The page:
Dried cotton flower
Dried cotton flower : Cotton is the collective name given to four species of plants in the genus Gossypium, Gossypium hirsutum, Gossypium barbadense, Gossypium arboreum and Gossypium herbaceum which are perennial shrubs in the family Malvaceae grown for the fluffy fiber which protects the seeds of the plant. G. hirsutum accounts for approximately 90% of world wide cotton production today. Cotton plants possess a main stem giving rise to several branches at the top.
The leaves of the plant are spirally arranged on the branches, have long petioles and have 3–5 triangular lobes. The plant produces a single flower on each axillary branch which can be red-purple, yellow or white in color and forms a leathery, oval seed capsule, or ‘boll’ which is 2–6 cm (0.8–2.4 in) long. Mature bolls will usually split open to reveal the characteristic white cotton fibers and the seed.
The cotton plant can reach heights of 1–1.5 m (3.3–4.9 ft) and is usually cultivated as an annual, surviving only one growing season. Cotton may also be referred to as tree cotton and its center of origin is unknown although the plant has diversified from Mexico, north-east Africa and Arabia and Australia. for more information please read Iran Cotton plant specification .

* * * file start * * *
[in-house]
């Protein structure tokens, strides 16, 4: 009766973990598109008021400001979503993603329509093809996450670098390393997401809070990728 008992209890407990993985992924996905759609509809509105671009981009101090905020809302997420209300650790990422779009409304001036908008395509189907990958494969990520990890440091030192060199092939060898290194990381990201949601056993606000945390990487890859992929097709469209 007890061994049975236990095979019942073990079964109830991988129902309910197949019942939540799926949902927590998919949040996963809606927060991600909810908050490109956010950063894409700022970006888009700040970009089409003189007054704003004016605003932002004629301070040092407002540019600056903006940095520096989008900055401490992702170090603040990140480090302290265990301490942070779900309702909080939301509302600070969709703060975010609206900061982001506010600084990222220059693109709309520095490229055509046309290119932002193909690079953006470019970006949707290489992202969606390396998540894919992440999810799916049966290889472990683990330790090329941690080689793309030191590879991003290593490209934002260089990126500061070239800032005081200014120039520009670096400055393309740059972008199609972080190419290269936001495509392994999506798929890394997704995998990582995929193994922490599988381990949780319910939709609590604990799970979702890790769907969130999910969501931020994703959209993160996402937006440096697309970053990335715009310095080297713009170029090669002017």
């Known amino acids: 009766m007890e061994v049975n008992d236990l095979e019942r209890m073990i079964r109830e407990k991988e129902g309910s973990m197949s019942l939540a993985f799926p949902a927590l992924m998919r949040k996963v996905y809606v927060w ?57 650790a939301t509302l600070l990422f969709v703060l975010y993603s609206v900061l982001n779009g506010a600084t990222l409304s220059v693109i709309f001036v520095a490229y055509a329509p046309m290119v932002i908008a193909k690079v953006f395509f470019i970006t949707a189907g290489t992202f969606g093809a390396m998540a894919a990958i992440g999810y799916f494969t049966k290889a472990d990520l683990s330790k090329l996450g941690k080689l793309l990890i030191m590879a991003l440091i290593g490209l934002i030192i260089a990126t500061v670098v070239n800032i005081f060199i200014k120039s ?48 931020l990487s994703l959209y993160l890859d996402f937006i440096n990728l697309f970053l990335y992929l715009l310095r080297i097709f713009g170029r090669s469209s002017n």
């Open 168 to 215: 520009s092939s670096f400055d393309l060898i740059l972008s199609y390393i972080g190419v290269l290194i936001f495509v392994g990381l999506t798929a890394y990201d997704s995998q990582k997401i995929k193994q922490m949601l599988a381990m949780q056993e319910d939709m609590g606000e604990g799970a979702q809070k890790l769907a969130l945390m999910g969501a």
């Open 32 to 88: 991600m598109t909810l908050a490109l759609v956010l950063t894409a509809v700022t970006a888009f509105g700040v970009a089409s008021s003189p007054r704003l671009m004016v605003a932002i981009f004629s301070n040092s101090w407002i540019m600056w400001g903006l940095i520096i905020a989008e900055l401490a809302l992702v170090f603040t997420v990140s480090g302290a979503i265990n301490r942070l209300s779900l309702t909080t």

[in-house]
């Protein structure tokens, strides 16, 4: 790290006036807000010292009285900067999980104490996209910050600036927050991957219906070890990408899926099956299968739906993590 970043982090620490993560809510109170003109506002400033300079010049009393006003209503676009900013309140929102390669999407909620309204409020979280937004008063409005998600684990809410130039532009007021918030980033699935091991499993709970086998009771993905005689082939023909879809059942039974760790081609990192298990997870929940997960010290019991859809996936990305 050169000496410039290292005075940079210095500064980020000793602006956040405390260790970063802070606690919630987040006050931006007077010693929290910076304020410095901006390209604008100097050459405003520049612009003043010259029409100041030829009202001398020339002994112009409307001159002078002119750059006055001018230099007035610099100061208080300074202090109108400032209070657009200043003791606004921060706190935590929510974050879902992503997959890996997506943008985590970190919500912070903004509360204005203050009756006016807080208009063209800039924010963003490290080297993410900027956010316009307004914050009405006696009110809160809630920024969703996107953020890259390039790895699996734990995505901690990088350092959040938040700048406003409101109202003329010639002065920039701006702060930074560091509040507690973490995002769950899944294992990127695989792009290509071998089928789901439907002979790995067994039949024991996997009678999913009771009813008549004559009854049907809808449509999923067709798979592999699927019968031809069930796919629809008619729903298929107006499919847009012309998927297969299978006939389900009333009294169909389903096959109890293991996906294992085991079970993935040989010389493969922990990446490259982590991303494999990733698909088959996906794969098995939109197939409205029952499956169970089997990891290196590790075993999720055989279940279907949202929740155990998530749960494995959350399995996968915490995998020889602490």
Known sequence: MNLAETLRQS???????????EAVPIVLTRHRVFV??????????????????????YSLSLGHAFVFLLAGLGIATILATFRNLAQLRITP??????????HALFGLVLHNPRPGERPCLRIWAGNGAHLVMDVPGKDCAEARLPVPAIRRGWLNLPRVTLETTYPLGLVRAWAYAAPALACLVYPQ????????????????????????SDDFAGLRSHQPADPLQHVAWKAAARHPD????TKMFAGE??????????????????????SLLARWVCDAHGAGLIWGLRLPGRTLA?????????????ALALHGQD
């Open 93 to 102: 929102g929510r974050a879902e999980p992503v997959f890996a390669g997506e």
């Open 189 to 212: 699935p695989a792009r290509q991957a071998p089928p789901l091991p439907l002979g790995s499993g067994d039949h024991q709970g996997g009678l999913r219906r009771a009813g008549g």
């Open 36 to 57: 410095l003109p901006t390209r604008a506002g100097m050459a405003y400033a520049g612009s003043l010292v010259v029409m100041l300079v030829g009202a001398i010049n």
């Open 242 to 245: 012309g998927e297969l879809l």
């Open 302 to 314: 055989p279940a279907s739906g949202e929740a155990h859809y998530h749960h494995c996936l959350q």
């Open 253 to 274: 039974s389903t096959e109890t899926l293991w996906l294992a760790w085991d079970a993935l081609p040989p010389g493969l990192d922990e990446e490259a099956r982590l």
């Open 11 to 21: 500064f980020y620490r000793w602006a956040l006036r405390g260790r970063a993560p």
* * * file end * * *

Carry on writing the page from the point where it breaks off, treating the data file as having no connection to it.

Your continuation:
Cotton flower specifications
- Scientific name : Gossypium
- Order : Malvales
- Family : Malvaceae
- Subfamily : Malvoideae
- Tribe : Gossypieae
- Genus : Gossypium
Types of cotton flowers
There are four commercially grown species of cotton, all domesticated in antiquity :
- Gossypium hirsutum – upland cotton, native to Central America, Mexico, the Caribbean and southern Florida (90% of world production)
- Gossypium barbadense – known as extra-long staple cotton, native to tropical South America (8% of world production)
- Gossypium arboreum – tree cotton, native to India and Pakistan (less than 2%)
- Gossypium herbaceum – Levant cotton, native to southern Africa and the Arabian Peninsula (less than 2%)
Hybrid varieties are also cultivated. The two New World cotton species account for the vast majority of modern cotton production, but the two Old World species were widely used before the 1900s. While cotton fibers occur naturally in colors of white, brown, pink and green, fears of contaminating the genetics of white cotton have led many cotton-growing locations to ban the growing of colored cotton varieties.
Minimum quantity of order (MOQ) :
Title of all kinds of dried cotton flower decors :